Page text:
Exploring Web 2.0 tools took me to VuFind from the library of Villanova University. There are so many features that I think would be wonderful to apply to ACL's website. First & foremost, the goal of being "social". Promoting commenting, tagging, saving records, making favorites lists (easier than on our website). Then incorporating outside materials such as reviews from Amazon.com & other sources, and author's bios, all in an appealing, interactive package. Love it!
Friday, March 12, 2010
Community Info & Guides
Libary & Information Science Topics
Library Web Sites
Staff Manuals & Service Point Manuals
Subject Guides, Course Guides & Resource Guides
One I especially enjoyed looking at was the albystaff wiki from Albany County Public Library, reading about their circulation procedures and comparing them to ACL's.
Added my blog to the ACL PB Wiki, along with a recommendation for favourite holiday destination - Petra, Jordan.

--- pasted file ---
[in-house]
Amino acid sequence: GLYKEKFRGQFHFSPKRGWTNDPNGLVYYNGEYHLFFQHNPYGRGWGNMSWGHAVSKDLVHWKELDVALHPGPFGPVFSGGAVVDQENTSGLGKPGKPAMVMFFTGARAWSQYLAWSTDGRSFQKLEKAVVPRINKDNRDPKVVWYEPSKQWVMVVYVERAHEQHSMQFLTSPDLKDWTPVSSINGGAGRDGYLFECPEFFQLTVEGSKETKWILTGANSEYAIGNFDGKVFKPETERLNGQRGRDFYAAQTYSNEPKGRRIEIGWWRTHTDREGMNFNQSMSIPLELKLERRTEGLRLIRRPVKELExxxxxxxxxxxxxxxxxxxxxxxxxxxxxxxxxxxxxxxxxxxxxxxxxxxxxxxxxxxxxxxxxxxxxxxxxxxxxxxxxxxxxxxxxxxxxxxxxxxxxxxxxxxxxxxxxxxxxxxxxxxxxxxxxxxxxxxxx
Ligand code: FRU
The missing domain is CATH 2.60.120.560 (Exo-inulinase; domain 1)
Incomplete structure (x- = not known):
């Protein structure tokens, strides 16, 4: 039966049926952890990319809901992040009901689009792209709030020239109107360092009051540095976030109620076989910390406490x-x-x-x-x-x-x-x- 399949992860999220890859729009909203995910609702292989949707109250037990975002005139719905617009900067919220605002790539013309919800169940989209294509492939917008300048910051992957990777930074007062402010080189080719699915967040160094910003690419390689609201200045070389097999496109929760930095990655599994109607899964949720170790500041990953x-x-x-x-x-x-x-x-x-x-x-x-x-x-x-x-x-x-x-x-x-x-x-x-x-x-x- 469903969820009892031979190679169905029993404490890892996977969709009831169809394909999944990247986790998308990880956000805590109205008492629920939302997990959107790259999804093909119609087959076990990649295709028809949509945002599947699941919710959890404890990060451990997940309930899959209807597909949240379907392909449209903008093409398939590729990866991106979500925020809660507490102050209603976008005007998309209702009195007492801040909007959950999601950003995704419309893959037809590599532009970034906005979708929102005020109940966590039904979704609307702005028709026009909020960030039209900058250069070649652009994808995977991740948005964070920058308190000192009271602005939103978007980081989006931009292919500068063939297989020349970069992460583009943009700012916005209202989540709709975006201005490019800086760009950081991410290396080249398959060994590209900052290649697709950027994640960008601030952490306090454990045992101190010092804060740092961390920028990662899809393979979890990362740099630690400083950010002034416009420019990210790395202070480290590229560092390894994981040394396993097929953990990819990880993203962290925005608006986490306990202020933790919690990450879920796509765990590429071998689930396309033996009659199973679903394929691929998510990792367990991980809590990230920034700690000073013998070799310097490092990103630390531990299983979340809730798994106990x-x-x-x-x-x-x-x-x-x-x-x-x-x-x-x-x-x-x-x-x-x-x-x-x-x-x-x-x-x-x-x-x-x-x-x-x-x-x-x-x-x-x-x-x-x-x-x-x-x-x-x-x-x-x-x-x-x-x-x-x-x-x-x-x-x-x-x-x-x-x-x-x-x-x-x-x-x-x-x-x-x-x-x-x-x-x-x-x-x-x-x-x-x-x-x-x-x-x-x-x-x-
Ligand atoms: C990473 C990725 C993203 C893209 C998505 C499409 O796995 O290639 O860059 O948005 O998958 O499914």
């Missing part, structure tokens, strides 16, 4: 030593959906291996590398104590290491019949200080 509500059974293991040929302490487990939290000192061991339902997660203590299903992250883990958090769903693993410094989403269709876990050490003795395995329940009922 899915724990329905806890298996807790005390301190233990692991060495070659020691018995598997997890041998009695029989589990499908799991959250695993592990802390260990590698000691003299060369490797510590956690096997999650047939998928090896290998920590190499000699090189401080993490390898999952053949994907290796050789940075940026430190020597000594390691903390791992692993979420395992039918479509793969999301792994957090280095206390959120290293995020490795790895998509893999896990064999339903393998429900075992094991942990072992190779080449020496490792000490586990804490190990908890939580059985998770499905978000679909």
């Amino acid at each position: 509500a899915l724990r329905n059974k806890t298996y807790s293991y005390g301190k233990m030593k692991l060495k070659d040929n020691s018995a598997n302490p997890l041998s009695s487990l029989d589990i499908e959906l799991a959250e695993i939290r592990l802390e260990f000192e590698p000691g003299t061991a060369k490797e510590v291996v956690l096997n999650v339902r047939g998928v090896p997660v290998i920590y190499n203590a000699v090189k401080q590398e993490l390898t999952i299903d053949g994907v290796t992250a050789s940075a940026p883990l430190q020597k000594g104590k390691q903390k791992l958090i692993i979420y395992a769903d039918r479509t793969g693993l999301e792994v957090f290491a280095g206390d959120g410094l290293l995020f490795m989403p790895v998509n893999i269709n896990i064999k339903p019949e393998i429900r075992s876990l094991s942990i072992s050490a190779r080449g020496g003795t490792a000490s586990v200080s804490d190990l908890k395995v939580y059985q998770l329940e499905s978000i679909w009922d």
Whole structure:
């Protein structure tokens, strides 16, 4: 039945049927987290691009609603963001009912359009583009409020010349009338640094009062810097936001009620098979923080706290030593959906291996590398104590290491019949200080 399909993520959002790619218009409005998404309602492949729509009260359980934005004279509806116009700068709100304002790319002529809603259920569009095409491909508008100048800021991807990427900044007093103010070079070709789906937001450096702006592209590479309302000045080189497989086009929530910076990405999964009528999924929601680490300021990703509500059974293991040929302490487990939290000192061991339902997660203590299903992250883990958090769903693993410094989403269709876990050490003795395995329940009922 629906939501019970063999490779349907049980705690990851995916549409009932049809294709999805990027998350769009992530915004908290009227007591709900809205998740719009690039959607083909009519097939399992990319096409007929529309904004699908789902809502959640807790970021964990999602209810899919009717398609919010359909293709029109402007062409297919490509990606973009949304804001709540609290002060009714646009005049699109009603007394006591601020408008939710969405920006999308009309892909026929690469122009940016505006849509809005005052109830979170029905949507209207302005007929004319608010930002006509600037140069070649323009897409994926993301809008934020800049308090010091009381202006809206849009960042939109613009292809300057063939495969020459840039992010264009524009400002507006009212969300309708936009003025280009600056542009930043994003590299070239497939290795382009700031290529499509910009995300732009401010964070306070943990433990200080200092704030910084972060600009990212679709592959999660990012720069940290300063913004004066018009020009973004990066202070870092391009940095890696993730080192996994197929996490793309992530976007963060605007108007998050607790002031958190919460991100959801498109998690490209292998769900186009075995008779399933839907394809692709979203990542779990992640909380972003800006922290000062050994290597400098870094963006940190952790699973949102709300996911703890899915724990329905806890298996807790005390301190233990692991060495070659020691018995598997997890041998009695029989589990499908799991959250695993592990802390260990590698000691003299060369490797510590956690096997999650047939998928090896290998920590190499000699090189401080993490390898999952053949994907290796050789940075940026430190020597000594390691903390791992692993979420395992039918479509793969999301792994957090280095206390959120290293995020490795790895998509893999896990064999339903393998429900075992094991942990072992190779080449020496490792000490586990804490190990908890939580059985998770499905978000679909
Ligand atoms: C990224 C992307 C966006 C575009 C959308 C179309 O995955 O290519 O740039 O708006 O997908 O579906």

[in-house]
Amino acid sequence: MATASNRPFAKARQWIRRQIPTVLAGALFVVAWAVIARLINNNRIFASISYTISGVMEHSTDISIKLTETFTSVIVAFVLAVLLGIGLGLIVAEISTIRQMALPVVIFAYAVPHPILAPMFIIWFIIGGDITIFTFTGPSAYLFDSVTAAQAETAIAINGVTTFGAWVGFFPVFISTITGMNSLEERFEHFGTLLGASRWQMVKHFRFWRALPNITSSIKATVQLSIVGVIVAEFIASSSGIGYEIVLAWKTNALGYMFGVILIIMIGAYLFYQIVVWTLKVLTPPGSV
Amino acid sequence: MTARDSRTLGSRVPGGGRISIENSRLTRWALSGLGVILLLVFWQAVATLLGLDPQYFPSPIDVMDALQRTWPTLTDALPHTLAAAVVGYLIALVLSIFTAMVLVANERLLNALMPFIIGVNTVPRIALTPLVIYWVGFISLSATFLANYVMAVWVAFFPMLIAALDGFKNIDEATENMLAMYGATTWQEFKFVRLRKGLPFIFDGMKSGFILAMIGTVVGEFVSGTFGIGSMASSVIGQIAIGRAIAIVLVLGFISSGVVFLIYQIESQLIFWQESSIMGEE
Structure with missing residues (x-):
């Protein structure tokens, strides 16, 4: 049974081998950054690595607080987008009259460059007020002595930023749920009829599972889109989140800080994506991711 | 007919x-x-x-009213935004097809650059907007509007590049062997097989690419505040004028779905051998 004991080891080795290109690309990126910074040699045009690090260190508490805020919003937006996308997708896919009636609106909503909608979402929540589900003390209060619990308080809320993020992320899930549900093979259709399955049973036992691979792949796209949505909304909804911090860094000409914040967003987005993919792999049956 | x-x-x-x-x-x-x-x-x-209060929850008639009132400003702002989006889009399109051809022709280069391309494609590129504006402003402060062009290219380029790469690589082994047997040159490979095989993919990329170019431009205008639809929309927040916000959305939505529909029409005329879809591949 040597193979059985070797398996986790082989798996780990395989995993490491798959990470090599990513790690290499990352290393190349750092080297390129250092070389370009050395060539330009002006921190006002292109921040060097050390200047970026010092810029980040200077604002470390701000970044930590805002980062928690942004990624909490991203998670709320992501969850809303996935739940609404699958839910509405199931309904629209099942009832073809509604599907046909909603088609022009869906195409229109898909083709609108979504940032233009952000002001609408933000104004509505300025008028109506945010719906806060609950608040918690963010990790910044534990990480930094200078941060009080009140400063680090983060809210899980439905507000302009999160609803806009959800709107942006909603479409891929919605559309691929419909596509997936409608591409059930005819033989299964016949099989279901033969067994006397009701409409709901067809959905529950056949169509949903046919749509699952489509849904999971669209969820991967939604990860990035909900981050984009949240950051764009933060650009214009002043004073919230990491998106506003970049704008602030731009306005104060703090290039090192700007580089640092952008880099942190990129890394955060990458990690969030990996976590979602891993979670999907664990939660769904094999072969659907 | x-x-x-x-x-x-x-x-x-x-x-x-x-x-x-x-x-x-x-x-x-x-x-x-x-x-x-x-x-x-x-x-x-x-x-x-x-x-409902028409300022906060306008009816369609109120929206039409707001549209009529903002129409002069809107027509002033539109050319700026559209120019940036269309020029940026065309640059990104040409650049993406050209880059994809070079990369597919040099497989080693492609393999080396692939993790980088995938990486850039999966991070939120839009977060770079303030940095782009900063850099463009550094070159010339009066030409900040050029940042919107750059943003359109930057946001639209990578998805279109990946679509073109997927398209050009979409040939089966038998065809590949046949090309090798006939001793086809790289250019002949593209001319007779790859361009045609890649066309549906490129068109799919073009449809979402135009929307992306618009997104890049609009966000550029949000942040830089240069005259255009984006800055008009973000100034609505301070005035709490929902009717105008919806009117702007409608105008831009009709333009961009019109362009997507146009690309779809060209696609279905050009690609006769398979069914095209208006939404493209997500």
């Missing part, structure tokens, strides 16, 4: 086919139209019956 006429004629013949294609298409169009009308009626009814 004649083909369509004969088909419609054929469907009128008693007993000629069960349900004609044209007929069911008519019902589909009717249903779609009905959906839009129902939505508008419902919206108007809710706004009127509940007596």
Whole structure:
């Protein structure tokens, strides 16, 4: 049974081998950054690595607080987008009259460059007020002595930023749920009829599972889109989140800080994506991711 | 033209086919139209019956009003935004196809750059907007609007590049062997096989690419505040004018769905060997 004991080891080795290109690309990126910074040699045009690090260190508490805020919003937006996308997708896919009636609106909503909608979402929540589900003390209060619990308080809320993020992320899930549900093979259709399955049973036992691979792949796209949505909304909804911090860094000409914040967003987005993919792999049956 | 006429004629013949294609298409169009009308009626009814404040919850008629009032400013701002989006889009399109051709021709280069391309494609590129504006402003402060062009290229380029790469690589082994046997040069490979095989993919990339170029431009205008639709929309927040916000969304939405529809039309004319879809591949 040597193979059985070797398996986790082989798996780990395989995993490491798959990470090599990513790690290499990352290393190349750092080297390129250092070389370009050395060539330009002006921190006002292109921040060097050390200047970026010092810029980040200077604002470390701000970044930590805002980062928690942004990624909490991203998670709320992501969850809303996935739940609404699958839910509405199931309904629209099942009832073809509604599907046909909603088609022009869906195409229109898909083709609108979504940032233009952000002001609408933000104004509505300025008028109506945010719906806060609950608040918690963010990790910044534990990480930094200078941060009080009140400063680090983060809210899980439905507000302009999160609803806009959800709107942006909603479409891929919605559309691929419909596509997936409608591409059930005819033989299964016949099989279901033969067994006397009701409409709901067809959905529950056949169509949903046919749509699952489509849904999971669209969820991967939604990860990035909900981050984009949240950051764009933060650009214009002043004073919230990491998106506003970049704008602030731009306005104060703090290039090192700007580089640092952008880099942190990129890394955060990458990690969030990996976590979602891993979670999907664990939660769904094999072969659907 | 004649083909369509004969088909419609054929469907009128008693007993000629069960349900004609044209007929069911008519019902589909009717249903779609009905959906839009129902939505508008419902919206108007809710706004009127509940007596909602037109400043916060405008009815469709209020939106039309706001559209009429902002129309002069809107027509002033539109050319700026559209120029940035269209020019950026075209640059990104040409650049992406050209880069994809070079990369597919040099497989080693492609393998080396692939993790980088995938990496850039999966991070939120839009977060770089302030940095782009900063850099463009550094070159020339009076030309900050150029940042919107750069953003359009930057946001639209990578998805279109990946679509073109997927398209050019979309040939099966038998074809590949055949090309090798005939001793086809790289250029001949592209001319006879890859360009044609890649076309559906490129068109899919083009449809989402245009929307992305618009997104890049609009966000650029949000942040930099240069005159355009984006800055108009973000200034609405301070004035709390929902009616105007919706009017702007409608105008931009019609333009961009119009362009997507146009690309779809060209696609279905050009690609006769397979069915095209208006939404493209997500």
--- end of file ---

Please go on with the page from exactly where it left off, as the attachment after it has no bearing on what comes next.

Saturday, March 6, 2010
Joining Technorati wasn't a whole lot of fun, since it wasn't clear how to claim my blog without using a paid service. The links on our learning programme seem to need updating; "claim" for example, didn't work. I see the benefit of using Technorati, having access to multiple blogs via tags, but the list is then laden with an incredible amount of random blog entries which aren't necessarily relevant or helpful. Too much to wade through. After these exercises I did go back to tag my blog entries.
I thoroughly enjoyed reading all of the articles and found them inspiring and a "call-to-action." I already see evidence at ACL of quite a few of the recommendations regarding embracing Web 2.0 tools. And there's room for much, more more. I enjoyed imagining the following:
- Emphasis on asking the right questions: How best to use the new technologies to create a useful service for putting users together with the information and the experience that they seek? Creating a "living, breathing technology plan," which incorporates creating a "user-centric" service.
- Coordinating multi-institutional metadata creation & collaborations/consortiums, beyond the public library sector to include universities & other storehouses of knowledge.